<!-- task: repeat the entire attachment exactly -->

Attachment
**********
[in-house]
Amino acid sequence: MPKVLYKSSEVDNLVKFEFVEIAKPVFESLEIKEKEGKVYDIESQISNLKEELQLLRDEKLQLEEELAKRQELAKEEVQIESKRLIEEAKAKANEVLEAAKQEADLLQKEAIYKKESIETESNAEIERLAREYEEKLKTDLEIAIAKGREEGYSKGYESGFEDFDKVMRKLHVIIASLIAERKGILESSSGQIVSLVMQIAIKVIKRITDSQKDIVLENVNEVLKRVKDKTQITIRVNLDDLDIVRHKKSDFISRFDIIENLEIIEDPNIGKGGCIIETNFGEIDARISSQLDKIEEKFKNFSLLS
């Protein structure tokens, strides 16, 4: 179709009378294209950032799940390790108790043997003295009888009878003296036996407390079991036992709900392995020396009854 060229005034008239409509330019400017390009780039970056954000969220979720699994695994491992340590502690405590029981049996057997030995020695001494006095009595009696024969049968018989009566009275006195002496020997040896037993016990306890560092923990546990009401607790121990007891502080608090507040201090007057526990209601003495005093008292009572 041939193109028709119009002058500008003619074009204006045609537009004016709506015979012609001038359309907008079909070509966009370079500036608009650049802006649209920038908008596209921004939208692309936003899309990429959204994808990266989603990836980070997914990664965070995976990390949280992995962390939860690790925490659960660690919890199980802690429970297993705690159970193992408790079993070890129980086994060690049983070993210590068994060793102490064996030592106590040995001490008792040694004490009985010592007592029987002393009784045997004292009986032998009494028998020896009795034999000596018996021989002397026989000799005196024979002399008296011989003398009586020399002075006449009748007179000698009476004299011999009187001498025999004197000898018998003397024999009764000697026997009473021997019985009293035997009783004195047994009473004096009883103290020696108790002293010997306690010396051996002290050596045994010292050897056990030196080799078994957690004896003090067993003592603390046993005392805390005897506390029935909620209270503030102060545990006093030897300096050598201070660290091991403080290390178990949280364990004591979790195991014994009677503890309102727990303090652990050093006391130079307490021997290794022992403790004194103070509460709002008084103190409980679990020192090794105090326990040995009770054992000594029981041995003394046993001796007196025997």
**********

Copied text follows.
[in-house]
Amino acid sequence: MPKVLYKSSEVDNLVKFEFVEIAKPVFESLEIKEKEGKVYDIESQISNLKEELQLLRDEKLQLEEELAKRQELAKEEVQIESKRLIEEAKAKANEVLEAAKQEADLLQKEAIYKKESIETESNAEIERLAREYEEKLKTDLEIAIAKGREEGYSKGYESGFEDFDKVMRKLHVIIASLIAERKGILESSSGQIVSLVMQIAIKVIKRITDSQKDIVLENVNEVLKRVKDKTQITIRVNLDDLDIVRHKKSDFISRFDIIENLEIIEDPNIGKGGCIIETNFGEIDARISSQLDKIEEKFKNFSLLS
């Protein structure tokens, strides 16, 4: 179709009378294209950032799940390790108790043997003295009888009878003296036996407390079991036992709900392995020396009854 060229005034008239409509330019400017390009780039970056954000969220979720699994695994491992340590502690405590029981049996057997030995020695001494006095009595009696024969049968018989009566009275006195002496020997040896037993016990306890560092923990546990009401607790121990007891502080608090507040201090007057526990209601003495005093008292009572 041939193109028709119009002058500008003619074009204006045609537009004016709506015979012609001038359309907008079909070509966009370079500036608009650049802006649209920038908008596209921004939208692309936003899309990429959204994808990266989603990836980070997914990664965070995976990390949280992995962390939860690790925490659960660690919890199980802690429970297993705690159970193992408790079993070890129980086994060690049983070993210590068994060793102490064996030592106590040995001490008792040694004490009985010592007592029987002393009784045997004292009986032998009494028998020896009795034999000596018996021989002397026989000799005196024979002399008296011989003398009586020399002075006449009748007179000698009476004299011999009187001498025999004197000898018998003397024999009764000697026997009473021997019985009293035997009783004195047994009473004096009883103290020696108790002293010997306690010396051996002290050596045994010292050897056990030196080799078994957690004896003090067993003592603390046993005392805390005897506390029935909620209270503030102060545990006093030897300096050598201070660290091991403080290390178990949280364990004591979790195991014994009677503890309102727990303090652990050093006391130079307490021997290794022992403790004194103070509460709002008084103190409980679990020192090794105090326990040995009770054992000594029981041995003394046993001796007196025997």